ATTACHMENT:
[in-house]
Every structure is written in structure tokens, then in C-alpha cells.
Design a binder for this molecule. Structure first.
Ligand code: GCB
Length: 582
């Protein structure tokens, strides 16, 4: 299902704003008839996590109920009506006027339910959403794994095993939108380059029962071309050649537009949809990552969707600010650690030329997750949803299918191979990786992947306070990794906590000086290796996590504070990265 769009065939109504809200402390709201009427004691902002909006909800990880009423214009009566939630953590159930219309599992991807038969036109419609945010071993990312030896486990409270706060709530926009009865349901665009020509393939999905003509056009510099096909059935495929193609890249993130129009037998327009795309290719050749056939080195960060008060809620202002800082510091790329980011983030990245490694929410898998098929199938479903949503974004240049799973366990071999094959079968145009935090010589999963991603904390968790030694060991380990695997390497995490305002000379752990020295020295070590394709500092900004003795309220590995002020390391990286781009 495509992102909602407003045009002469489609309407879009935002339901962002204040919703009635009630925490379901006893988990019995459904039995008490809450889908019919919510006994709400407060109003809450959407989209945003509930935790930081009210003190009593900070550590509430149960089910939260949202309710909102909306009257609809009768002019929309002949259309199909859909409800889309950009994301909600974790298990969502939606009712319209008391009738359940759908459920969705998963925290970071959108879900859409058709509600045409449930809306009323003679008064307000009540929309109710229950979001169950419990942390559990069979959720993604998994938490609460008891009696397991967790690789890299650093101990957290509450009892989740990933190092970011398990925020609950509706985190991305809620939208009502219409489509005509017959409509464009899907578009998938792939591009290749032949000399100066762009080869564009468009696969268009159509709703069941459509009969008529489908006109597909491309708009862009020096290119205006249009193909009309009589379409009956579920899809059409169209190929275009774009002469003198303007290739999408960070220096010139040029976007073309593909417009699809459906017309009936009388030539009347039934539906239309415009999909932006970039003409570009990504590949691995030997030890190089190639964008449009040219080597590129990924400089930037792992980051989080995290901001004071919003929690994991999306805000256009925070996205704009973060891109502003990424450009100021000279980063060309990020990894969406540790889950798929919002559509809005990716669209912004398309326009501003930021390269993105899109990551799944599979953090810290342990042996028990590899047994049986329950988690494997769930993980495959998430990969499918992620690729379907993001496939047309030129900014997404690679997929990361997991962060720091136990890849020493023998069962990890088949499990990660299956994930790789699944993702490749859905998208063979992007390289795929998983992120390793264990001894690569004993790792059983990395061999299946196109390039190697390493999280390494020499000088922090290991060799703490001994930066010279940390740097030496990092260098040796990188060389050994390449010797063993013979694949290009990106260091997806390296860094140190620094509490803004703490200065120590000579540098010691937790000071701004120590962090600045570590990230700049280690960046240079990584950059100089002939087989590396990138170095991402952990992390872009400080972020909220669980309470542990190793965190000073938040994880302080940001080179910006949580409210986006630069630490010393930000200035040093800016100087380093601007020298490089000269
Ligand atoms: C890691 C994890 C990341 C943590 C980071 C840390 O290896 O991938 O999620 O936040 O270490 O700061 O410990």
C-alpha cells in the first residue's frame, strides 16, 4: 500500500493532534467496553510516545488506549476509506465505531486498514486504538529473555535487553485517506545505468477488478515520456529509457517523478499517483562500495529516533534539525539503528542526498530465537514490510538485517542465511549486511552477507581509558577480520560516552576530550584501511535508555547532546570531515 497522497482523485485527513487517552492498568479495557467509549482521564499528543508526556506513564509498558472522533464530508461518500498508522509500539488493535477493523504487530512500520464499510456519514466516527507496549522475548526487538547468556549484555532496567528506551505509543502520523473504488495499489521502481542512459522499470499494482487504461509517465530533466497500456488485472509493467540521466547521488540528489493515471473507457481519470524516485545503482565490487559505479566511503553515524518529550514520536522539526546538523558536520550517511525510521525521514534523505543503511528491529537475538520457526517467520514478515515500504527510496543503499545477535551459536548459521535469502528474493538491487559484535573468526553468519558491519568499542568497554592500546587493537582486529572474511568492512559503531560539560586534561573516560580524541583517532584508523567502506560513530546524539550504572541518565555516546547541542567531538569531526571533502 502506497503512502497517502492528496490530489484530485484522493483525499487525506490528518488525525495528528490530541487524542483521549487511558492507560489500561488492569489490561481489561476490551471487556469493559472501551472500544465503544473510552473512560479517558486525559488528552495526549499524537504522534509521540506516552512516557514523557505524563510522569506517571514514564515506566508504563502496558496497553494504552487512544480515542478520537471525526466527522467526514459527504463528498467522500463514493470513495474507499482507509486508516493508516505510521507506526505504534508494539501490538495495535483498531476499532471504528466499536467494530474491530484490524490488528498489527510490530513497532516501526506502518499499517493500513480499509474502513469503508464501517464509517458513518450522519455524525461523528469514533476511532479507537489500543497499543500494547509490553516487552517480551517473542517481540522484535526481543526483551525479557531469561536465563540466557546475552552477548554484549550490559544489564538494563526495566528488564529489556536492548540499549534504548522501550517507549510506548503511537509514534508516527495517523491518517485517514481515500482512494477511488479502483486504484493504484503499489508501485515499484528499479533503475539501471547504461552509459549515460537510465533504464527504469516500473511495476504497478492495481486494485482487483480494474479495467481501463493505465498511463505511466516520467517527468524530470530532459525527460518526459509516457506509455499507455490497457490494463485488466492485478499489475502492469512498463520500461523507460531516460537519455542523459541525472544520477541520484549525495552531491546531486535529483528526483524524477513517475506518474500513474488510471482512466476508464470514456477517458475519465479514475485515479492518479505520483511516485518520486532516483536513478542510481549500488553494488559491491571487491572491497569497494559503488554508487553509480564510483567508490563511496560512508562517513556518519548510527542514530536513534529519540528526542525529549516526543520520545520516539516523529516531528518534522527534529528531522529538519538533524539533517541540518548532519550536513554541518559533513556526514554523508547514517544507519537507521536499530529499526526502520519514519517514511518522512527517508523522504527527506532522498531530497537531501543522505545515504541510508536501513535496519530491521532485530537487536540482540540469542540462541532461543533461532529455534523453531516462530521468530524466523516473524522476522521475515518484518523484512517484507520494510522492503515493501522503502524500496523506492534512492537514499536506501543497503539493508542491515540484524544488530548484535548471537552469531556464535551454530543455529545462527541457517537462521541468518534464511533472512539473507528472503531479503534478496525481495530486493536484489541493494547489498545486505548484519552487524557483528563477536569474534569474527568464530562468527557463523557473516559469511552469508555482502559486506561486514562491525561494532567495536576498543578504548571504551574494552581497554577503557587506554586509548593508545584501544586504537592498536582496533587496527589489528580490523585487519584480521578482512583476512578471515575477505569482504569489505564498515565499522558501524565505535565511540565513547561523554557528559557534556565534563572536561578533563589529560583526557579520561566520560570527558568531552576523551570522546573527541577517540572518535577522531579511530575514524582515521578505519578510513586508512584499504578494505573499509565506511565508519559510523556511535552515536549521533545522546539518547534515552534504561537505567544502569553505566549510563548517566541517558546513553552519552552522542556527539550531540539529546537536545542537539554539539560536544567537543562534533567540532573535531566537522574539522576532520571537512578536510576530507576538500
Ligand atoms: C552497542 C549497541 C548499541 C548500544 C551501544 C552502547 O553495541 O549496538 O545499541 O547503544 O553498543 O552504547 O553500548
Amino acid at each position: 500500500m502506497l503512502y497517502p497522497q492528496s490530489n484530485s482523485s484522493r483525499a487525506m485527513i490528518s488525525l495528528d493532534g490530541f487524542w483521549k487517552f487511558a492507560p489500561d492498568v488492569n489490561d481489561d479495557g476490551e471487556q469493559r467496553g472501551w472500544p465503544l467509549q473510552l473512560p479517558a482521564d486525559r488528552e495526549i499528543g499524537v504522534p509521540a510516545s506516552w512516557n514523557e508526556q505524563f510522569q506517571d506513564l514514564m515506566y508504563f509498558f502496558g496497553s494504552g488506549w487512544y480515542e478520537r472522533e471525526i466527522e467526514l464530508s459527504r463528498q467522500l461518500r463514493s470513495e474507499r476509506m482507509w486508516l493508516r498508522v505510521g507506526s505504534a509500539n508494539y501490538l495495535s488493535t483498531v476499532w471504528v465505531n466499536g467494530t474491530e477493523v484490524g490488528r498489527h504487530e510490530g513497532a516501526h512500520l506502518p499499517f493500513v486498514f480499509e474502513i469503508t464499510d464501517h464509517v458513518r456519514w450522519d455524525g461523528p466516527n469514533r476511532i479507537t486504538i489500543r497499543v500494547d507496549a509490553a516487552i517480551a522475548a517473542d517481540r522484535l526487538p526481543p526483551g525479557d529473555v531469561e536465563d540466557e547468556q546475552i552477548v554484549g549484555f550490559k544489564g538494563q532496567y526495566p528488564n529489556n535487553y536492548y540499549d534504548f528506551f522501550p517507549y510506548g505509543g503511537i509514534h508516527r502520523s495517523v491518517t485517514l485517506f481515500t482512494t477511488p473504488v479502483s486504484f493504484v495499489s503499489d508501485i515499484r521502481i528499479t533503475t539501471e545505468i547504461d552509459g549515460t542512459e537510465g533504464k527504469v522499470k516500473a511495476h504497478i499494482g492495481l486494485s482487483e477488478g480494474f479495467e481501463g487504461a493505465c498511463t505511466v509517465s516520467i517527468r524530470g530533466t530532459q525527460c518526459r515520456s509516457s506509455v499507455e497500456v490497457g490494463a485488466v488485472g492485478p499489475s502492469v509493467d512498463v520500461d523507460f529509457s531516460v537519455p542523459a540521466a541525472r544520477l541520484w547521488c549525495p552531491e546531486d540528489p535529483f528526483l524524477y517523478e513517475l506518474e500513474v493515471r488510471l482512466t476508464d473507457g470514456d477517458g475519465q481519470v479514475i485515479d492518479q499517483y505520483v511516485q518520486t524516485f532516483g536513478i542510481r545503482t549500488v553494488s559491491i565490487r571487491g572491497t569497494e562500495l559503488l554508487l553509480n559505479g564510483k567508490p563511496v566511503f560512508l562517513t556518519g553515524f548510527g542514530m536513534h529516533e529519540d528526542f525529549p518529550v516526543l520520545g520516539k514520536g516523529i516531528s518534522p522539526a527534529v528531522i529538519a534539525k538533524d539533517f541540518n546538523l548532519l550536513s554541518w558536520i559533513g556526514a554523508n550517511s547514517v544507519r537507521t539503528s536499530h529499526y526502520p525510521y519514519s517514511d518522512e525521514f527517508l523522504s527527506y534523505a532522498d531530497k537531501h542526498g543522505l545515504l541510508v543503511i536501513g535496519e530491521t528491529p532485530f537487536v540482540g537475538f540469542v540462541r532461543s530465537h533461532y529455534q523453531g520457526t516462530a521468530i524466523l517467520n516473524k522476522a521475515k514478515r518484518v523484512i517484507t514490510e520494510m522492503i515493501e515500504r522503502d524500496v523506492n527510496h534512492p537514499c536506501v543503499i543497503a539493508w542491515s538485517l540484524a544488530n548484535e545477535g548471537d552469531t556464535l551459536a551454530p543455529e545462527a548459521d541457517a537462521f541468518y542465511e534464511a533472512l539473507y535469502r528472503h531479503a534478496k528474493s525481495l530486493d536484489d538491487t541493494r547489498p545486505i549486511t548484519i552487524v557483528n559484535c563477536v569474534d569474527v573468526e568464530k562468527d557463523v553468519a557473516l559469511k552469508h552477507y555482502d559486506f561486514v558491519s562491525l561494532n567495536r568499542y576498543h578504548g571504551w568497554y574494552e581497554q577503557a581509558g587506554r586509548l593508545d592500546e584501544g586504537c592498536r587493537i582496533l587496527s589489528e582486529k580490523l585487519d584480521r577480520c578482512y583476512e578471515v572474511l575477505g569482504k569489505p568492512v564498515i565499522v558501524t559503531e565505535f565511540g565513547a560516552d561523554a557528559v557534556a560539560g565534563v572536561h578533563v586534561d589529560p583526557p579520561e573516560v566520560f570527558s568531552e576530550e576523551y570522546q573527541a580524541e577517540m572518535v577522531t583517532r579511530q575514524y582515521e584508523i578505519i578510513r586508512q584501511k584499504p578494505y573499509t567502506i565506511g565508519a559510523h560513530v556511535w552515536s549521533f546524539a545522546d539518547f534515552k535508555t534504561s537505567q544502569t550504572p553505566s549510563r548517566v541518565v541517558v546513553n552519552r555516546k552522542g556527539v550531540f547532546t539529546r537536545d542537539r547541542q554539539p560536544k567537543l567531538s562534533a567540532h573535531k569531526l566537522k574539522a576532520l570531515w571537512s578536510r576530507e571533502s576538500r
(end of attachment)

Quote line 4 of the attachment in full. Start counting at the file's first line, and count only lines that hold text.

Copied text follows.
Ligand code: GCB